First things first...Merry Christmas and Happy 2012! This was our first Christmas and New Year's celebration with Karolina! A dream come true and an answer to prayer. The entire holiday season has been surreal as I basked in the blessing of the gifts we had to celebrate this year. This was Augustine's first holiday season too of course. Here we all are wishing you a Merry Christmas:
Now, on to the update. I've come to realize that despite my best efforts, motherhood and worry just seem to go together, to some degree, for every child. Worries about your kids fitting in, worries they may hurt themselves after learning how to ride a bike, worries about bad influences affecting them, etc., etc. Try as I might to relinquish the worry, it still seems to creep in.
As we continue to settle in to life with our daughter (going on 6 months now) we have begun to see patterns that are promising, and others that, well...make my heart worry. I have to preface my concerns by saying that I know things will take time, I understand it may be years before Karolina adjusts to all of the monumental life changes, and it may take years for US to be able to bring out the fullest in her and develop ways that will help her blossom and thrive in her own time. That being said, part of my own worry stems from the different feedback we are getting, both from medical, and the child development standpoint.
Karolina is 18 months old (as of Friday)!:) She was evaluated by early intervention and was found to be between a 6-9 month developmental level, 10-12 in others (like gross motor skills) and a below 3 months of age in reception/communication. Daily, I work with her by repeating the basic words "ma ma" "da da" bye bye" etc. She has never attempted to repeat any words or phrases. At first I was very defensive when it was brought up (she heard only Polish for the first year of her life, what do people expect)?! As time has gone on though, I do understand what the "experts" were saying, even basic sounds she still does not repeat.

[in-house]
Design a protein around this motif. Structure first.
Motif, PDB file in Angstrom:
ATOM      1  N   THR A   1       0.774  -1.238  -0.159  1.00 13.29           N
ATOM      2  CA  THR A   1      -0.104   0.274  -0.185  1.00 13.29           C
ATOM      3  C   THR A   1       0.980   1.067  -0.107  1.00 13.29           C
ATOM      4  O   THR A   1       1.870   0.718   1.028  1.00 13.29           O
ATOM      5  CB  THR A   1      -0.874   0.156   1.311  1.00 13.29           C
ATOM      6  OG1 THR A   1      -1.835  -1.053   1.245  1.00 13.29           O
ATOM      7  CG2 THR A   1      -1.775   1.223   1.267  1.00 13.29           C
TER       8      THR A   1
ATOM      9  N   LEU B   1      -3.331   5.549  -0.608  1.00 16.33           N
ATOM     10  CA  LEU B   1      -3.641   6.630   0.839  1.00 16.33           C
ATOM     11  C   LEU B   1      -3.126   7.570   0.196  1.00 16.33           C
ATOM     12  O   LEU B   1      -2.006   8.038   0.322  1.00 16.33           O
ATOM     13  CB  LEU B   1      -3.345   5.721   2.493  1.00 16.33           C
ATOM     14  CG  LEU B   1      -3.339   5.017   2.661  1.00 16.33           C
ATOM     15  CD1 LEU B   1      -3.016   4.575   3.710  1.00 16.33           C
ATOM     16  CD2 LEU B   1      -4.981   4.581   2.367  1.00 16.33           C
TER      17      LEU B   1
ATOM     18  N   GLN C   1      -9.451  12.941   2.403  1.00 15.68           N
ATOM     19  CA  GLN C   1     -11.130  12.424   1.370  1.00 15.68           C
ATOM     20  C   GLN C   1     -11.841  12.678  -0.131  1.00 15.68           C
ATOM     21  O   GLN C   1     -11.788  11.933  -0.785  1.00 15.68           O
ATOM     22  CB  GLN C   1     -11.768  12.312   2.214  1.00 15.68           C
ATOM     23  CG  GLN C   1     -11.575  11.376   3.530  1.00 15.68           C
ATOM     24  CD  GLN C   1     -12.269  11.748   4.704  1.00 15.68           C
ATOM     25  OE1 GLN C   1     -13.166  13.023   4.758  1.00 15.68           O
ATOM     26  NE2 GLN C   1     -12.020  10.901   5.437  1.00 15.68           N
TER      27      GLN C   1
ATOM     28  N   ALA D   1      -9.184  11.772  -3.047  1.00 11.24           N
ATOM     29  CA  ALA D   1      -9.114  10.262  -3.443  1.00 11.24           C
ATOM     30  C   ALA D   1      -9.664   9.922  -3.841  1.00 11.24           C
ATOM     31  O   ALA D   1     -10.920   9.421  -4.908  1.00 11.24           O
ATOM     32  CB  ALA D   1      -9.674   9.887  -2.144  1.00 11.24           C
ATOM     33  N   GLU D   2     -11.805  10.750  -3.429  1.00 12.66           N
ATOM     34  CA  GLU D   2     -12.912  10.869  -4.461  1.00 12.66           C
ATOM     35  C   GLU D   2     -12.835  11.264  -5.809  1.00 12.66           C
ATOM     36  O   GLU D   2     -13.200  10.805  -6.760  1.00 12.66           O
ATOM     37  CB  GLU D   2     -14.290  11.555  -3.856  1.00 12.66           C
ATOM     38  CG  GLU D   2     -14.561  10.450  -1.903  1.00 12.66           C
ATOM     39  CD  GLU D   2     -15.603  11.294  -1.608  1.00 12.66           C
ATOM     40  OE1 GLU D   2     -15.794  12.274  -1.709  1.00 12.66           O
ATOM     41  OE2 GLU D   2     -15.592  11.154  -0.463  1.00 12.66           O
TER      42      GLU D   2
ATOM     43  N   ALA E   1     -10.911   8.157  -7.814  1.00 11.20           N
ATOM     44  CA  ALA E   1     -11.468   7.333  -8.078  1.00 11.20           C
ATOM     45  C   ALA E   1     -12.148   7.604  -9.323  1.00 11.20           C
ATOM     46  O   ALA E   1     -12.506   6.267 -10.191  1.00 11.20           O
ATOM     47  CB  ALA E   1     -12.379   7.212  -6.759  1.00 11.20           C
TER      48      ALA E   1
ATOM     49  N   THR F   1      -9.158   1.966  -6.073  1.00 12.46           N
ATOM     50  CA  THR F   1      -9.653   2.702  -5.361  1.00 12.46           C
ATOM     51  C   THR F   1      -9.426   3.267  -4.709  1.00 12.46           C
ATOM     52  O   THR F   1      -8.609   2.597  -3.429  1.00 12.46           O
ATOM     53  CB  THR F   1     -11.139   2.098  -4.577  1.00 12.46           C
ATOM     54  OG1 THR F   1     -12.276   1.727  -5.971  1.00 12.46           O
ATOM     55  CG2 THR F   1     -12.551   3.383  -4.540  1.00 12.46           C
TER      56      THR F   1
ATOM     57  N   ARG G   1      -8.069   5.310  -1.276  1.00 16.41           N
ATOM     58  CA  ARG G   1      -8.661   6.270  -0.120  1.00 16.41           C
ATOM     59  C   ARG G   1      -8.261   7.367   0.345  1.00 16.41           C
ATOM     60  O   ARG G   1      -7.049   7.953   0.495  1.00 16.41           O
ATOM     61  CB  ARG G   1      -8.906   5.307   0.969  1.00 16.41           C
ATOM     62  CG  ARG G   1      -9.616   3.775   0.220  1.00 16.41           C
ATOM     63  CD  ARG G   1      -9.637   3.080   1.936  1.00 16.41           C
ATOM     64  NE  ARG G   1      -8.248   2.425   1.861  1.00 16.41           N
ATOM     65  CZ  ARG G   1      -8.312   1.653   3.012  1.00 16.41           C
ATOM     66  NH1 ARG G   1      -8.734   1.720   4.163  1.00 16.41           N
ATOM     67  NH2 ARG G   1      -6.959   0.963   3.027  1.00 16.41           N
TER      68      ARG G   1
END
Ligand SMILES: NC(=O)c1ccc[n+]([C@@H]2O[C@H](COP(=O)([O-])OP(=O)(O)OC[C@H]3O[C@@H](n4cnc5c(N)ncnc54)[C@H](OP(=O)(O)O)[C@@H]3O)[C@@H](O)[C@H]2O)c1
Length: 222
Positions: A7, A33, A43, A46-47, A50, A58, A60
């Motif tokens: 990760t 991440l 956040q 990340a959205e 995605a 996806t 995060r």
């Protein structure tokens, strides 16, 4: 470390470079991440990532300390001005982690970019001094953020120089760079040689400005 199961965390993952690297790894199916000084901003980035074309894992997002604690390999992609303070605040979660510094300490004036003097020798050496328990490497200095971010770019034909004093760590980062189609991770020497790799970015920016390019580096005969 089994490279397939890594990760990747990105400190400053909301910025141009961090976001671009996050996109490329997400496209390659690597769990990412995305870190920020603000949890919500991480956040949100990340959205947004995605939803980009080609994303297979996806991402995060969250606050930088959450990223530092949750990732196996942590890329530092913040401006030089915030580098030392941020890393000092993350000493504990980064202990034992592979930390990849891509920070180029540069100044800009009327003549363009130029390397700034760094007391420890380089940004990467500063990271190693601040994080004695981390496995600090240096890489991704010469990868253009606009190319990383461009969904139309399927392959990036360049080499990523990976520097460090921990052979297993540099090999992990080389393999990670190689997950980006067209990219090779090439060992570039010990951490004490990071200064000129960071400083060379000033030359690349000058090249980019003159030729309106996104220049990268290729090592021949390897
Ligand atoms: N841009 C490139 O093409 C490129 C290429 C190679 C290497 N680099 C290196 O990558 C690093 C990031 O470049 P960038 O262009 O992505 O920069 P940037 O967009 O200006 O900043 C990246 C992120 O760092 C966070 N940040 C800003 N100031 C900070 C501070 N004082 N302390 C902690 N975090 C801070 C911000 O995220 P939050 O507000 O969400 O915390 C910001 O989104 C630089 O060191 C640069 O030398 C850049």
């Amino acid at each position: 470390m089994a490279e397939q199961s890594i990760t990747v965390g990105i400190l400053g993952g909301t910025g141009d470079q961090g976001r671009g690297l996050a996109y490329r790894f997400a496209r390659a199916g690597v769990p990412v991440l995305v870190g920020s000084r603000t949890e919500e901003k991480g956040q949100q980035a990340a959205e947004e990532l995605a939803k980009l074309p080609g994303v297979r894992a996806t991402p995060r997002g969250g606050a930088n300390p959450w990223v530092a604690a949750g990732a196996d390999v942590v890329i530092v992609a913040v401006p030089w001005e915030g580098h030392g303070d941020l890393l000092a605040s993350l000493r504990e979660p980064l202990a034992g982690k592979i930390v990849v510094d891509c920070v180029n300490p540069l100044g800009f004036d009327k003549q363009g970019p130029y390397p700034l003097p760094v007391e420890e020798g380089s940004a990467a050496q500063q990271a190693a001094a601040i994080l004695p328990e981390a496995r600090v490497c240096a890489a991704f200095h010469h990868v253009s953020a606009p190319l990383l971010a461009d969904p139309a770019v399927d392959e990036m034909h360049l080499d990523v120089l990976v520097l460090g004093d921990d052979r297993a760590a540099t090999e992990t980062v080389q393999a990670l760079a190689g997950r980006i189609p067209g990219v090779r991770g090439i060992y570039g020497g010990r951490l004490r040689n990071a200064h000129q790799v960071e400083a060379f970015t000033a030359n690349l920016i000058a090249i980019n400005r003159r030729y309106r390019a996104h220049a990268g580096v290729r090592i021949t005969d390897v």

I did hear a great tip about imitating HER though, so we have begun to do that. Instead of asking her to repeat after me, I follow her lead, and imitate the sounds she babbles. She is very attentive so I know it's sinking in, it's just a matter of it coming out. :)
Earlier this week it was recommended that down the road, she should be tested for a genetic abnormality. The medical person suggested Karolina may have signs of mild mental disability. Yet, other medical specialists have not mentioned this, and have even been encouraging. What to make of this? What I see before my eyes every day, is a happy, beautiful daughter whom I love with all my heart and who is taking her time on some things, but I KNOW she is aware and engaged. Yes, I realize she's not catching up at the level that would be preferred, and this weighs heavy on a moms heart, because I take it personally now that she's home. I have so many questions. Is it just that she will take longer, but still be totally fine? Will she continue to have significant delays but nothing more? Or are we looking at a lifelong diagnosis with substantial life-changing challenges? It's impossible to know that information TODAY. So, I'm trying to rest in that realization and not worry. The best we can do is love her, give her all we've got, and trust that God will carry the rest. And I maintain...it's still very early. We still have a lot of things left to try, and I am excited that she will begin therapy in January. She qualified to receive in-home occupational and speech therapy from a place the comes highly recommended and I am looking forward to getting started. She's also continuing to get one step closer to walking! Just this week she has been standing, sturdy as a tree trunk, independently by herself. Look at our big girl!
All that's left is for her to put one foot in front of the other!:) I am so, incredibly proud of our beautiful daughter. I see her and realize how far she's come already, and it's a reminder of how much we have to celebrate. I need to stick Matthew 6: 25 on my refrigerator for that constant reminder about the futility of worry: